May 27, 2018
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Jackson man accused of murder claims police violated his rights

Gabor Degre | BDN
Gabor Degre | BDN
Daniel Porter of Jackson in the Waldo County Superior Court during his arraignment in June.
By Dawn Gagnon, BDN Staff

BELFAST, Maine — The attorney for the Jackson man accused of killing a Florida firefighter in a drug-related shooting in February has filed a motion seeking to suppress evidence obtained during questioning of his client by police in Connecticut and Maine.

The motion on behalf of Daniel Porter, 25, seeks to quash statements the suspect made to law enforcement officials in Connecticut and Maine state police detectives from Feb. 22 through Feb. 28, according to documents filed Monday in Waldo County Superior Court in Belfast and posted on the Maine Judicial Branch’s website on Friday.

In the motion, attorney Jeffrey Silverstein of Bangor challenges whether statements made by Porter — and evidence gathered as result of those statements — were the product of a violation of Porter’s federal and state constitutional rights.

The motion disputes Porter’s statements to police were voluntary, that police in Connecticut and Maine complied with the provisions of the Miranda Act, and that Porter voluntarily waived his right to remain silent, consult with an attorney and have the attorney present during questioning.

The motion also states the “fruit of the poisonous tree” doctrine challenges the admissibility of any physical evidence obtained as a result of Porter’s statements.

Silverstein could not be reached for comment Friday night.

Porter was indicted in May by a Waldo County grand jury and charged with one count of intentional or knowing murder in the slaying of Jerry Perdomo, a firefighter and emergency medical technician for the Seminole County Fire Department.

Porter pleaded not guilty in June. He is being held without bail at Two Bridges Regional Jail in Wiscasset pending his trial, which is scheduled to begin on April 1, 2013, in Waldo County Superior Court, according to the Maine Judicial branch’s web site.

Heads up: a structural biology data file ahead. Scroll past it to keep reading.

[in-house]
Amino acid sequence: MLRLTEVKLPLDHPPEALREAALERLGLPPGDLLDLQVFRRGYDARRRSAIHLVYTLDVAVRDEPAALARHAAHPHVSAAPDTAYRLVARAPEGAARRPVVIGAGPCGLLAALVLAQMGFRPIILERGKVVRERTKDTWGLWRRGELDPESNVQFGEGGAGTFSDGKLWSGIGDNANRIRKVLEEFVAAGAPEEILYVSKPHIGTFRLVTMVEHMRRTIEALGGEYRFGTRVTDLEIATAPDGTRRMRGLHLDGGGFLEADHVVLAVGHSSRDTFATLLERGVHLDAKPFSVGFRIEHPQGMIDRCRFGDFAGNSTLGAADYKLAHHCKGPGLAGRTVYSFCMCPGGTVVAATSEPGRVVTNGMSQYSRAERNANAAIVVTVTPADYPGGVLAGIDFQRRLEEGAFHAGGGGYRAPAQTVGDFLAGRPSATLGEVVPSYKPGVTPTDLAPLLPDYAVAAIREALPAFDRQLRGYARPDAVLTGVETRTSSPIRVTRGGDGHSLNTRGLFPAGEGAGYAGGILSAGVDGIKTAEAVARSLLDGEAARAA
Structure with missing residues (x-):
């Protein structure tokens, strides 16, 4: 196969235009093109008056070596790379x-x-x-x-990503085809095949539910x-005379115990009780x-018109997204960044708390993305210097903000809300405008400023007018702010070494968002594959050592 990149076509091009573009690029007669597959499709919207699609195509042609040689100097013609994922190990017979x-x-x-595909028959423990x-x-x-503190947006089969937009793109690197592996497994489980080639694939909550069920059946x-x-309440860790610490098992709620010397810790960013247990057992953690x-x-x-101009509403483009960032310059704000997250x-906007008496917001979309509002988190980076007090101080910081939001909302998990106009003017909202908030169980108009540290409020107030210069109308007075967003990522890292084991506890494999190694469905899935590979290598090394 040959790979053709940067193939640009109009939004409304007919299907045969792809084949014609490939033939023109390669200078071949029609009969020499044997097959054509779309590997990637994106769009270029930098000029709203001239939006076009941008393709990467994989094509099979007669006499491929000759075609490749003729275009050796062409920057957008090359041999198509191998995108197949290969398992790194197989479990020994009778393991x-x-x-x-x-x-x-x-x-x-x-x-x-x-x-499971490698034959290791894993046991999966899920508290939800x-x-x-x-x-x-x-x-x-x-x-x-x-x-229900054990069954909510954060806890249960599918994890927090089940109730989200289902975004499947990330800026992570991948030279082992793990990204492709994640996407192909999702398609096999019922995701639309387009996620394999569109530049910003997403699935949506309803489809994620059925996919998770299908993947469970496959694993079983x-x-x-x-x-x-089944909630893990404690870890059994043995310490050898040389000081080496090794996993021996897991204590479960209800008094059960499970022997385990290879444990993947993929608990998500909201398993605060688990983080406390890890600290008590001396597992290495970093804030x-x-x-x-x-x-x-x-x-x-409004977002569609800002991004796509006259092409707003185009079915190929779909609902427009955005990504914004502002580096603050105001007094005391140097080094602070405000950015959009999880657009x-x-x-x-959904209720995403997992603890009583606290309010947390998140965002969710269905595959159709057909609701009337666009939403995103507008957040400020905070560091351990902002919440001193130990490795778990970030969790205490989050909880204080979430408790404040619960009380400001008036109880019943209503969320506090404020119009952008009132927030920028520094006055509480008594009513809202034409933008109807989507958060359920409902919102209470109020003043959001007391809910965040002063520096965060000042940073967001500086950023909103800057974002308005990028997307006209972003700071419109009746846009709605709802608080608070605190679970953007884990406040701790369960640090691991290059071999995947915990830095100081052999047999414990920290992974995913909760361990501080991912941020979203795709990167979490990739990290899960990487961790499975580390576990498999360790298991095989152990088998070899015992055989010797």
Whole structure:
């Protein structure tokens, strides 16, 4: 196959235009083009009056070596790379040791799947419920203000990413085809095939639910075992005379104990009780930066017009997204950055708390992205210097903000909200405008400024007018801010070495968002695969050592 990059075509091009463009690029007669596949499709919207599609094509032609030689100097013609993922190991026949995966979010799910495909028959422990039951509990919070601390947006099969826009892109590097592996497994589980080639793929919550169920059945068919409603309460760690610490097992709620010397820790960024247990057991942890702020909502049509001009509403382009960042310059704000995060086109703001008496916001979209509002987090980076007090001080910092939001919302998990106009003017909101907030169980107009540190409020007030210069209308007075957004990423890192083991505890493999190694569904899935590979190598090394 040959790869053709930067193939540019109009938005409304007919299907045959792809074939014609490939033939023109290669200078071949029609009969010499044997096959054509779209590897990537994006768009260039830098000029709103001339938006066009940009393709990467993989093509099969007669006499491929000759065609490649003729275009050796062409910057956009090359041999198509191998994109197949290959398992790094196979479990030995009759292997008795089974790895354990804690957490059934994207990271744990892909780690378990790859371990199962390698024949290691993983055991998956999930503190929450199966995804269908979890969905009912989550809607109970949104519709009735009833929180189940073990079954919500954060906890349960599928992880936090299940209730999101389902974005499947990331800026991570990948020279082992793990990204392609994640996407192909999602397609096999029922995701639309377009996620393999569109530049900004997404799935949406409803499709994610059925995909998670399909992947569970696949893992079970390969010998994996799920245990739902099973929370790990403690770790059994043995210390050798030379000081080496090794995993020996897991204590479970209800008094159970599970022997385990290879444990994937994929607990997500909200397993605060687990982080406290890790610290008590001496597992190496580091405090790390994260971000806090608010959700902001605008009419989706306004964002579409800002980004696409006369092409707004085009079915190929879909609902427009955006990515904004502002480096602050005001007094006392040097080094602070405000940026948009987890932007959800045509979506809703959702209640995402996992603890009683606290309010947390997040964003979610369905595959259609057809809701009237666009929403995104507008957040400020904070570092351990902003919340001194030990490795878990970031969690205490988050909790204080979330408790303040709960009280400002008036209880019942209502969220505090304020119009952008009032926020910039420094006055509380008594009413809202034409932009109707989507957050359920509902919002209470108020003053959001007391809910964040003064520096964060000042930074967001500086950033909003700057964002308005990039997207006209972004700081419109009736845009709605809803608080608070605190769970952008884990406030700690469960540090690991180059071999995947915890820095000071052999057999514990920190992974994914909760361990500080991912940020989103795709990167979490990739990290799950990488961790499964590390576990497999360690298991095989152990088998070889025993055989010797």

Police have said that Porter shot the 31-year-old Perdomo in the side of the head with a semiautomatic rifle on Feb. 16 at a rented home in Jackson after the two men had a dispute over drugs. Perdomo reportedly had been coming to Bangor once a month for nearly a year in order to illicitly transport and sell prescription drugs from Florida.

On the day he was killed, Perdomo packed a gun and two cellphones and told his girlfriend, Lisa Gould of Bangor, that he had to go collect a debt, according to Maine State Police Detective Brian Strout, who testified at Porter’s bail hearing in March at Waldo County Superior Court.

Porter’s girlfriend, Cheyanne Nowak, met Perdomo at a Route 69 gas station and led him to the rural Jackson home where Porter was staying. She then left the house to pick up her toddler while the two men were inside playing pool together, Strout said.

Porter later told police that he had owed Perdomo $3,000 and that Perdomo had threatened him and his family. One of the alleged threats was made public during Porter’s bail hearing, when he said that Perdomo told him he would erase $500 from the debt if Perdomo could rape Nowak on the pool table.

After Perdomo was shot, his body was wrapped in blue tarps and then moved several miles to the woods near Porter’s grandmother’s home on Dahlia Farm Road in Newburgh, Assistant Attorney General Leane Zainea said earlier.

Police found the body on a red sled off a woods path nearly two weeks into a widespread search effort that included local police, wardens and firefighters from Florida.

Police had arrested Porter and charged him with homicide the day before finding Perdomo’s body after discovering skull fragments and blood drops in the rented Jackson home.

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